As time progressed and society, in general, grew more comfortable with the varieties of sexual identity, the psychological community went to the opposite extreme. Instead of rejecting the idea of gender dysphoria, doctors began assuming that any child who was not rigidly sexually binary was probably a candidate for sexual re-identification.

In a backlash against the old guard doctors who had rejected the idea of gender dsyphoria came a generation of doctors who felt that it was their duty to help every questioning child transition. In their view, the old idea had been to suppress any urges that society did not recognize.

In a pendulum reversal, the new thinking is that it is the duty of parents and medical professionals to affirm, support, and advance the child’s transition.

The missing piece? The duty of the parents and professionals to examine the needs of the child.

As the mother of a misdiagnosed child put it, “Psychologists know that adolescence is fraught with uncertainty and identity searching, and this isn’t even acknowledged.”

But it seems that “making sure” is no longer an accepted medical practice with some health professionals, unfortunately.

Once the idea of transgender people became socially accepted, the possibility that a person could prematurely identify as a transgender has been rejected.

Children may be taught to act the role of their non-physical gender, dress as the opposite gender, and in many cases, are given drugs to suppress puberty and prevent the body form from developing naturally into a sexually mature person. Some even undergo body-altering surgery before they reach physical or legal maturity.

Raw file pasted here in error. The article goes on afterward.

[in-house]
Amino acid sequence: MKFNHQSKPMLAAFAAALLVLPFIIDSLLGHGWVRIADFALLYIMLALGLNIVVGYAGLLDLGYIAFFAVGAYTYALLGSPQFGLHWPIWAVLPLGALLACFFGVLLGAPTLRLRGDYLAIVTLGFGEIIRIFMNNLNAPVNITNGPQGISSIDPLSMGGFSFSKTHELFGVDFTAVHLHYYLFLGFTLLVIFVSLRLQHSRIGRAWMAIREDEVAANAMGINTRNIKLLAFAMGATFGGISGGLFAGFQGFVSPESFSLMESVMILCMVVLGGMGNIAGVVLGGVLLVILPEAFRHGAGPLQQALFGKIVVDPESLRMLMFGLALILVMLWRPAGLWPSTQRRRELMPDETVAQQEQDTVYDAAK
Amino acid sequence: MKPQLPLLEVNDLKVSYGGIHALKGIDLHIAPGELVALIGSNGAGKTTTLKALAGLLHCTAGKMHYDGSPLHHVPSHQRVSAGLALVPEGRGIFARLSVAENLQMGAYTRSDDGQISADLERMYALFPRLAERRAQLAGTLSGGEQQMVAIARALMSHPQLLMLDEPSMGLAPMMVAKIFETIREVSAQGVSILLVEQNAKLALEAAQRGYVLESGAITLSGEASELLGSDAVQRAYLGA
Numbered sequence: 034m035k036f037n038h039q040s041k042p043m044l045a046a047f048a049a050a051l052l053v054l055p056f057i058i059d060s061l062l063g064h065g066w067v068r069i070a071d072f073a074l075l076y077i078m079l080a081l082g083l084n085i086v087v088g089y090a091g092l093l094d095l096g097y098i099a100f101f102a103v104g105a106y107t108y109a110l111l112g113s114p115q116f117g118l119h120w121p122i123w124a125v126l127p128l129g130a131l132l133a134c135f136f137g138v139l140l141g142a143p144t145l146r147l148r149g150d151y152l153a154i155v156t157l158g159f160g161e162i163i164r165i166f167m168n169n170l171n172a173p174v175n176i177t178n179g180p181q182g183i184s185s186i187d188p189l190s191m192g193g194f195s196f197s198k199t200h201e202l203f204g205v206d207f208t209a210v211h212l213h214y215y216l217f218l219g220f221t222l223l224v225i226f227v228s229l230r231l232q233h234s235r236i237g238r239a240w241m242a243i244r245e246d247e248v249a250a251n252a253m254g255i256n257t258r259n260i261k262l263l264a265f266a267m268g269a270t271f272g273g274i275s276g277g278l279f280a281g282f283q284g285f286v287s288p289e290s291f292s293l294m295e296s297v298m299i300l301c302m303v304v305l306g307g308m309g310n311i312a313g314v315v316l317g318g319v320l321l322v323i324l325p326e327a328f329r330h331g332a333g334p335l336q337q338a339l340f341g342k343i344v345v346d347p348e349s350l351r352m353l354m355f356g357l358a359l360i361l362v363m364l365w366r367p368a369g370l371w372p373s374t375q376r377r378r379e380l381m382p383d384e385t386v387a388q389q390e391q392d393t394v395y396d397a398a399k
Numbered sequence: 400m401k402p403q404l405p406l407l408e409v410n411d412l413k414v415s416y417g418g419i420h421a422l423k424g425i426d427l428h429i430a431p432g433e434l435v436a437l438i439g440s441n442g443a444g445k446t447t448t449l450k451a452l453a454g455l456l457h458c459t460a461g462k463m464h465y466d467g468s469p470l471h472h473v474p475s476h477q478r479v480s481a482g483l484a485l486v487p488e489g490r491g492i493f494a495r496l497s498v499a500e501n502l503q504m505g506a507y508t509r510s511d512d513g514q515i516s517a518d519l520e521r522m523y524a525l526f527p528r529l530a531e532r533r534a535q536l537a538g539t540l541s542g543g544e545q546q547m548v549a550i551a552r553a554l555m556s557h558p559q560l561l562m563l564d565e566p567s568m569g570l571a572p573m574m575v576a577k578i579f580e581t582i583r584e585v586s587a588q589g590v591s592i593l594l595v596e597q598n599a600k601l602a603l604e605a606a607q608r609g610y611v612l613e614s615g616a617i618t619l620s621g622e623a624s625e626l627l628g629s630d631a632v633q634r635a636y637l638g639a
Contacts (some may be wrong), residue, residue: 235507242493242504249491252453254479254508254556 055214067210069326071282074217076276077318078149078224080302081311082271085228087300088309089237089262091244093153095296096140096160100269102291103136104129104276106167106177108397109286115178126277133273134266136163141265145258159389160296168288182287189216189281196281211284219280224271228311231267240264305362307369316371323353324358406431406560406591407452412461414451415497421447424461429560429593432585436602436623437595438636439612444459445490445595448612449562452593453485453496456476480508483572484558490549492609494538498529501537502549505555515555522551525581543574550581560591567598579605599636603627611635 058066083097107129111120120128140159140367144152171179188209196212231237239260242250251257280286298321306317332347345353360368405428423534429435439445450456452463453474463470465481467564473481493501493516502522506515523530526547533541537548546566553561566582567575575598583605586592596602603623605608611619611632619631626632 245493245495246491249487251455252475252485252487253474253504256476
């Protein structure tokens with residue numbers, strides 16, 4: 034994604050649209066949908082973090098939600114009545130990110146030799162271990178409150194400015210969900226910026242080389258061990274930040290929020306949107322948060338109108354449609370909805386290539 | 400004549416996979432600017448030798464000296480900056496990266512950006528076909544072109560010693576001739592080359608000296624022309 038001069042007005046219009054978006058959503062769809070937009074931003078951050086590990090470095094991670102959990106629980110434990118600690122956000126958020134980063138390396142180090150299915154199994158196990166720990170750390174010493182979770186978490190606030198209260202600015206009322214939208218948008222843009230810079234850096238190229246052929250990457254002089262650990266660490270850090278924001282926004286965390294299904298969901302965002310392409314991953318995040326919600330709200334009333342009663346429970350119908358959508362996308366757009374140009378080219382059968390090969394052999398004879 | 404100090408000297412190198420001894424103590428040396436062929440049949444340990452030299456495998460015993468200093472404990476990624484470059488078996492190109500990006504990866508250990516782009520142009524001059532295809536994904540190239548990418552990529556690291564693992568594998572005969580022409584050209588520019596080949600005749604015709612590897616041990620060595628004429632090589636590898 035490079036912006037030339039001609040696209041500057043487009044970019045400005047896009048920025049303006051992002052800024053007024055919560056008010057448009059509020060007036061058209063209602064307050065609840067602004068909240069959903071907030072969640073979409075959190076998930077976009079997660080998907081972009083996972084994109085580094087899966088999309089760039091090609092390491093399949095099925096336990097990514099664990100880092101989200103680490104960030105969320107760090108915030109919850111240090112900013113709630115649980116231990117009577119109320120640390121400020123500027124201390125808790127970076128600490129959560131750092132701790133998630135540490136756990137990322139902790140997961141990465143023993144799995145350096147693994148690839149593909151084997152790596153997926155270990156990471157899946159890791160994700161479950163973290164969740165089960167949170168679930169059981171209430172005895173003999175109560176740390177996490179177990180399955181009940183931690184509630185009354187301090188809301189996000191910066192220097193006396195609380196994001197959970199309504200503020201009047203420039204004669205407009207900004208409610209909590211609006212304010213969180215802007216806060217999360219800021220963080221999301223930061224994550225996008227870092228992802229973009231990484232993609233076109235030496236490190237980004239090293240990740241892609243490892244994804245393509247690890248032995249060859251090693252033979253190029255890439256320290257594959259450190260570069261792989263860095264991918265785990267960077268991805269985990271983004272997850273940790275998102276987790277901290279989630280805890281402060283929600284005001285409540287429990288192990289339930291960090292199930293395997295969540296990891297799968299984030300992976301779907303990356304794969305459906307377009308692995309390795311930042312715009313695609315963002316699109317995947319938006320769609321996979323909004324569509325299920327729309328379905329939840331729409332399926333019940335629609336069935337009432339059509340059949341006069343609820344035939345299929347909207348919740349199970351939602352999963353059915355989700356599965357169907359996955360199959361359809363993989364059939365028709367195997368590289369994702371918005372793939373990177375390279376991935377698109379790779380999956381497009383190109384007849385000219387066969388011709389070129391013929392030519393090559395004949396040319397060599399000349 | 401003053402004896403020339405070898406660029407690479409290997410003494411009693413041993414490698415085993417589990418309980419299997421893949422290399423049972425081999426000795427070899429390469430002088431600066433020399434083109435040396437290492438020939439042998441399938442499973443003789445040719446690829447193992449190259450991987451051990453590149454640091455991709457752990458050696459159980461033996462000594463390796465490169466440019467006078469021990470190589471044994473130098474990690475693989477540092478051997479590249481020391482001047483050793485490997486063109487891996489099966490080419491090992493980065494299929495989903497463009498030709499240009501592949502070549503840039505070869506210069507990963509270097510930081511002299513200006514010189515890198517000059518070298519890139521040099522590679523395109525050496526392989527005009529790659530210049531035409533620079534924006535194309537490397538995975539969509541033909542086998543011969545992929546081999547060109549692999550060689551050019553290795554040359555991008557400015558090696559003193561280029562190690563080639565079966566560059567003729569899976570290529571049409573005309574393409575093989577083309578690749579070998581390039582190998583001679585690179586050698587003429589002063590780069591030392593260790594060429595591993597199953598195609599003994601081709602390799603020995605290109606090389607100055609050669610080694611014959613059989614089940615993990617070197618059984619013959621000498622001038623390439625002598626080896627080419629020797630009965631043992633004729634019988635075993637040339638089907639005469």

As time has progressed, it seems that some doctors are beginning to see that errors have been made with medical interventions regarding a child’s sexuality.

In some cases, children who are not sexually dysphoric are trying to transition back to their biological sex as adults, and are often finding that drugs, hormone treatments, and in some cases surgery have made their gender change irreversible.

The children who were misdiagnosed are now stuck in the body of a mixed-gender adult—women with deep voices and facial hair, and men with breasts.

These doctors were seeing that in many children, their identities were changing constantly, sometimes in reaction to family and social stresses. They often did not know clearly what was causing their feelings to change.

There have also been many cases of children who were reacting to stress and confusion, or even to mental illness, and were being funneled into gender transition programs when they might have needed treatment for depression or autism, or just good counseling about the trials of growing up in a fractured family.

James’ father is in danger of losing custody because he wants his son to have the choice to dress and act as a boy. (SaveJames.com)

Six Is Too Young

At three, a child is years from sexual maturity and equally as far from forming a stable personality. James would not have been able to fully understand what it means to be a transgender adult.

Given James’ divided home life and his desire to please his parents, it would have been very difficult for anyone to be certain they understood what he was really feeling on the inside—and that whatever he was feeling at any one particular point in time was not guaranteed to change the next day.

James should be allowed to grow up to be who he really is, as James’s father believes.

Published with permission from The Epoch Times